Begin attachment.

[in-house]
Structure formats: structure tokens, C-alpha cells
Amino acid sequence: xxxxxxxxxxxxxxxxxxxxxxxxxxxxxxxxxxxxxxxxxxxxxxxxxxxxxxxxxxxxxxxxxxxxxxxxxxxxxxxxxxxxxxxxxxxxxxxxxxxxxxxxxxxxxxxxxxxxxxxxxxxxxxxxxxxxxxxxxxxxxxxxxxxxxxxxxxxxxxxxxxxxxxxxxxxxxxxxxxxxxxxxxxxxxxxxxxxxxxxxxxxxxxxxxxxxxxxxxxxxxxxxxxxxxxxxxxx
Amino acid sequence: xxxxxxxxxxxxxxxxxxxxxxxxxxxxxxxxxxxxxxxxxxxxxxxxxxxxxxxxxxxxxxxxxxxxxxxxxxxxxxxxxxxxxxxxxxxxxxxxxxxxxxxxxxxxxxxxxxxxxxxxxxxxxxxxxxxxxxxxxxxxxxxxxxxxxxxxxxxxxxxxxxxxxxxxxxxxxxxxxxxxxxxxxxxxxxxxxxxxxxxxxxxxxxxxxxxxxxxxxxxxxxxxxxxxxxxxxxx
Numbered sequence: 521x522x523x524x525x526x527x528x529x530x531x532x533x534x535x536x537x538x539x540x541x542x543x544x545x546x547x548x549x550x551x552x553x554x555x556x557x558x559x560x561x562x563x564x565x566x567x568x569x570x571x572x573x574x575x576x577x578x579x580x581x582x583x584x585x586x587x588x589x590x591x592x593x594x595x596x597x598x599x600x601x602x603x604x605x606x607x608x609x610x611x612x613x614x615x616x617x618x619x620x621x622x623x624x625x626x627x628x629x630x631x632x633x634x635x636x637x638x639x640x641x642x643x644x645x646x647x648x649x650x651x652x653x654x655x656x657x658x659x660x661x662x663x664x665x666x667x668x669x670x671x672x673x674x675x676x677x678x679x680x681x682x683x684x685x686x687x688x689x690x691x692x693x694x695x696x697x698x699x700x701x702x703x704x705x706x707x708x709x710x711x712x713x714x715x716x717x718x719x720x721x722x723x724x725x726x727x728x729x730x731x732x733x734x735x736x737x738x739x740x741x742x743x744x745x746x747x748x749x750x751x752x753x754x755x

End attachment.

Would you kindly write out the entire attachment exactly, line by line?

[in-house]
Structure formats: structure tokens, C-alpha cells
Amino acid sequence: xxxxxxxxxxxxxxxxxxxxxxxxxxxxxxxxxxxxxxxxxxxxxxxxxxxxxxxxxxxxxxxxxxxxxxxxxxxxxxxxxxxxxxxxxxxxxxxxxxxxxxxxxxxxxxxxxxxxxxxxxxxxxxxxxxxxxxxxxxxxxxxxxxxxxxxxxxxxxxxxxxxxxxxxxxxxxxxxxxxxxxxxxxxxxxxxxxxxxxxxxxxxxxxxxxxxxxxxxxxxxxxxxxxxxxxxxxx
Amino acid sequence: xxxxxxxxxxxxxxxxxxxxxxxxxxxxxxxxxxxxxxxxxxxxxxxxxxxxxxxxxxxxxxxxxxxxxxxxxxxxxxxxxxxxxxxxxxxxxxxxxxxxxxxxxxxxxxxxxxxxxxxxxxxxxxxxxxxxxxxxxxxxxxxxxxxxxxxxxxxxxxxxxxxxxxxxxxxxxxxxxxxxxxxxxxxxxxxxxxxxxxxxxxxxxxxxxxxxxxxxxxxxxxxxxxxxxxxxxxx
Numbered sequence: 521x522x523x524x525x526x527x528x529x530x531x532x533x534x535x536x537x538x539x540x541x542x543x544x545x546x547x548x549x550x551x552x553x554x555x556x557x558x559x560x561x562x563x564x565x566x567x568x569x570x571x572x573x574x575x576x577x578x579x580x581x582x583x584x585x586x587x588x589x590x591x592x593x594x595x596x597x598x599x600x601x602x603x604x605x606x607x608x609x610x611x612x613x614x615x616x617x618x619x620x621x622x623x624x625x626x627x628x629x630x631x632x633x634x635x636x637x638x639x640x641x642x643x644x645x646x647x648x649x650x651x652x653x654x655x656x657x658x659x660x661x662x663x664x665x666x667x668x669x670x671x672x673x674x675x676x677x678x679x680x681x682x683x684x685x686x687x688x689x690x691x692x693x694x695x696x697x698x699x700x701x702x703x704x705x706x707x708x709x710x711x712x713x714x715x716x717x718x719x720x721x722x723x724x725x726x727x728x729x730x731x732x733x734x735x736x737x738x739x740x741x742x743x744x745x746x747x748x749x750x751x752x753x754x755x